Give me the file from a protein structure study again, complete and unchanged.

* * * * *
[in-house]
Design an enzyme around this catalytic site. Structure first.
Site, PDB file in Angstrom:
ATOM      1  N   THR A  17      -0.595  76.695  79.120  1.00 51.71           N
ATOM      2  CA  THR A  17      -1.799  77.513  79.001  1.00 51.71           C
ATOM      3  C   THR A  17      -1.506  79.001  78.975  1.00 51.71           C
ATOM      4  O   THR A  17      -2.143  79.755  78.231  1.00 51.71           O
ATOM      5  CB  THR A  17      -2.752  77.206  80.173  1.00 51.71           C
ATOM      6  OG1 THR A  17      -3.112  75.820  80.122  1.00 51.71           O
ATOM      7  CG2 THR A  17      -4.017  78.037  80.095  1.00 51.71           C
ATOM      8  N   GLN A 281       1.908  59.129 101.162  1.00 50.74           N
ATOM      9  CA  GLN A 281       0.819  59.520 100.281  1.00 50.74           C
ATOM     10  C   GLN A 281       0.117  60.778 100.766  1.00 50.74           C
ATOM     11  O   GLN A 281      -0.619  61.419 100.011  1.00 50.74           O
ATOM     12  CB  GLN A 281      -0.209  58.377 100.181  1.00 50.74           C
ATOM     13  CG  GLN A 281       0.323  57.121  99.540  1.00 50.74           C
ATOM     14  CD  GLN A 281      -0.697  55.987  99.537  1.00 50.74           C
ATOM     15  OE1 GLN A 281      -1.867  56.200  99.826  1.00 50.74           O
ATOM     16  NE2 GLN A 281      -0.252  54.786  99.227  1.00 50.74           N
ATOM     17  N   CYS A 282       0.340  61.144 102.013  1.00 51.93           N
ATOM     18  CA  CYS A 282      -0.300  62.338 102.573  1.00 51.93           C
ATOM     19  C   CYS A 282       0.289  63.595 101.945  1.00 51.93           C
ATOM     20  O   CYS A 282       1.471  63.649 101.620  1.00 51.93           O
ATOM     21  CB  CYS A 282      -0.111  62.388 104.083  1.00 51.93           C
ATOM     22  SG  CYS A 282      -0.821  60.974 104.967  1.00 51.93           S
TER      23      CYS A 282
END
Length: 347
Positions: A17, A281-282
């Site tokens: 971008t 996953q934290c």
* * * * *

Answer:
[in-house]
Design an enzyme around this catalytic site. Structure first.
Site, PDB file in Angstrom:
ATOM      1  N   THR A  17      -0.595  76.695  79.120  1.00 51.71           N
ATOM      2  CA  THR A  17      -1.799  77.513  79.001  1.00 51.71           C
ATOM      3  C   THR A  17      -1.506  79.001  78.975  1.00 51.71           C
ATOM      4  O   THR A  17      -2.143  79.755  78.231  1.00 51.71           O
ATOM      5  CB  THR A  17      -2.752  77.206  80.173  1.00 51.71           C
ATOM      6  OG1 THR A  17      -3.112  75.820  80.122  1.00 51.71           O
ATOM      7  CG2 THR A  17      -4.017  78.037  80.095  1.00 51.71           C
ATOM      8  N   GLN A 281       1.908  59.129 101.162  1.00 50.74           N
ATOM      9  CA  GLN A 281       0.819  59.520 100.281  1.00 50.74           C
ATOM     10  C   GLN A 281       0.117  60.778 100.766  1.00 50.74           C
ATOM     11  O   GLN A 281      -0.619  61.419 100.011  1.00 50.74           O
ATOM     12  CB  GLN A 281      -0.209  58.377 100.181  1.00 50.74           C
ATOM     13  CG  GLN A 281       0.323  57.121  99.540  1.00 50.74           C
ATOM     14  CD  GLN A 281      -0.697  55.987  99.537  1.00 50.74           C
ATOM     15  OE1 GLN A 281      -1.867  56.200  99.826  1.00 50.74           O
ATOM     16  NE2 GLN A 281      -0.252  54.786  99.227  1.00 50.74           N
ATOM     17  N   CYS A 282       0.340  61.144 102.013  1.00 51.93           N
ATOM     18  CA  CYS A 282      -0.300  62.338 102.573  1.00 51.93           C
ATOM     19  C   CYS A 282       0.289  63.595 101.945  1.00 51.93           C
ATOM     20  O   CYS A 282       1.471  63.649 101.620  1.00 51.93           O
ATOM     21  CB  CYS A 282      -0.111  62.388 104.083  1.00 51.93           C
ATOM     22  SG  CYS A 282      -0.821  60.974 104.967  1.00 51.93           S
TER      23      CYS A 282
END
Length: 347
Positions: A17, A281-282
């Site tokens: 971008t 996953q934290c």